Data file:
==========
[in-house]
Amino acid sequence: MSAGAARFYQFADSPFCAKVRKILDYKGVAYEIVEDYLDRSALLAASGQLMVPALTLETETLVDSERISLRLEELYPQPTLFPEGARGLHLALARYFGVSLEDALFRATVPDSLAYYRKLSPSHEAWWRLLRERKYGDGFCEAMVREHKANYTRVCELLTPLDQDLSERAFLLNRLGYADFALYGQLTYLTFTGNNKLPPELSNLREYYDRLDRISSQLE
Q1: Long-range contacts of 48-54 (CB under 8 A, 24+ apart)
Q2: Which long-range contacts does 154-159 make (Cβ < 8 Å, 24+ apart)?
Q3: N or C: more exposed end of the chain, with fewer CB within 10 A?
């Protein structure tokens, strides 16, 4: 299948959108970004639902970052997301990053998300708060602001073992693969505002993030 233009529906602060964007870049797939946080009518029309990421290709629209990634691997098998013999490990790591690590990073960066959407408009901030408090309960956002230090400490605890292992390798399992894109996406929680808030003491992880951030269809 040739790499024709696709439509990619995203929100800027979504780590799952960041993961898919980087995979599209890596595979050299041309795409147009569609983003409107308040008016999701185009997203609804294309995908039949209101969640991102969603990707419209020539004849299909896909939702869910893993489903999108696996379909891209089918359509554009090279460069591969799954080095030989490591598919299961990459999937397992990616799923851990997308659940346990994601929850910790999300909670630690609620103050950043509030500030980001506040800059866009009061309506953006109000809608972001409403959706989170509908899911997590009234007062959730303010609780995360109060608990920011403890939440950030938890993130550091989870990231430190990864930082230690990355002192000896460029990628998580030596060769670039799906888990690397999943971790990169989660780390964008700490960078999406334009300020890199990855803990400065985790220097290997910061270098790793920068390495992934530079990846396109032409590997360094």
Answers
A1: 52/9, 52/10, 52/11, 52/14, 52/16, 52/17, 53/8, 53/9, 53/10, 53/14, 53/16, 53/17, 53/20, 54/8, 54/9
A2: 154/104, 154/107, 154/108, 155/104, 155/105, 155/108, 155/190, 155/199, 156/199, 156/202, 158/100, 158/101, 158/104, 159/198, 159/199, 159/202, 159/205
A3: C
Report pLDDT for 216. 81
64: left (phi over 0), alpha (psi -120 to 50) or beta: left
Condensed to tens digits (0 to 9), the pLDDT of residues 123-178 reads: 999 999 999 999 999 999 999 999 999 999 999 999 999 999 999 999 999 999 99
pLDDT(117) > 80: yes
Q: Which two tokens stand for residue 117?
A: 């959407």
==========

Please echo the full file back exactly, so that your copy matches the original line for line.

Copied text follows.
[in-house]
Amino acid sequence: MSAGAARFYQFADSPFCAKVRKILDYKGVAYEIVEDYLDRSALLAASGQLMVPALTLETETLVDSERISLRLEELYPQPTLFPEGARGLHLALARYFGVSLEDALFRATVPDSLAYYRKLSPSHEAWWRLLRERKYGDGFCEAMVREHKANYTRVCELLTPLDQDLSERAFLLNRLGYADFALYGQLTYLTFTGNNKLPPELSNLREYYDRLDRISSQLE
Q1: Long-range contacts of 48-54 (CB under 8 A, 24+ apart)
Q2: Which long-range contacts does 154-159 make (Cβ < 8 Å, 24+ apart)?
Q3: N or C: more exposed end of the chain, with fewer CB within 10 A?
């Protein structure tokens, strides 16, 4: 299948959108970004639902970052997301990053998300708060602001073992693969505002993030 233009529906602060964007870049797939946080009518029309990421290709629209990634691997098998013999490990790591690590990073960066959407408009901030408090309960956002230090400490605890292992390798399992894109996406929680808030003491992880951030269809 040739790499024709696709439509990619995203929100800027979504780590799952960041993961898919980087995979599209890596595979050299041309795409147009569609983003409107308040008016999701185009997203609804294309995908039949209101969640991102969603990707419209020539004849299909896909939702869910893993489903999108696996379909891209089918359509554009090279460069591969799954080095030989490591598919299961990459999937397992990616799923851990997308659940346990994601929850910790999300909670630690609620103050950043509030500030980001506040800059866009009061309506953006109000809608972001409403959706989170509908899911997590009234007062959730303010609780995360109060608990920011403890939440950030938890993130550091989870990231430190990864930082230690990355002192000896460029990628998580030596060769670039799906888990690397999943971790990169989660780390964008700490960078999406334009300020890199990855803990400065985790220097290997910061270098790793920068390495992934530079990846396109032409590997360094």
Answers
A1: 52/9, 52/10, 52/11, 52/14, 52/16, 52/17, 53/8, 53/9, 53/10, 53/14, 53/16, 53/17, 53/20, 54/8, 54/9
A2: 154/104, 154/107, 154/108, 155/104, 155/105, 155/108, 155/190, 155/199, 156/199, 156/202, 158/100, 158/101, 158/104, 159/198, 159/199, 159/202, 159/205
A3: C
Report pLDDT for 216. 81
64: left (phi over 0), alpha (psi -120 to 50) or beta: left
Condensed to tens digits (0 to 9), the pLDDT of residues 123-178 reads: 999 999 999 999 999 999 999 999 999 999 999 999 999 999 999 999 999 999 99
pLDDT(117) > 80: yes
Q: Which two tokens stand for residue 117?
A: 């959407």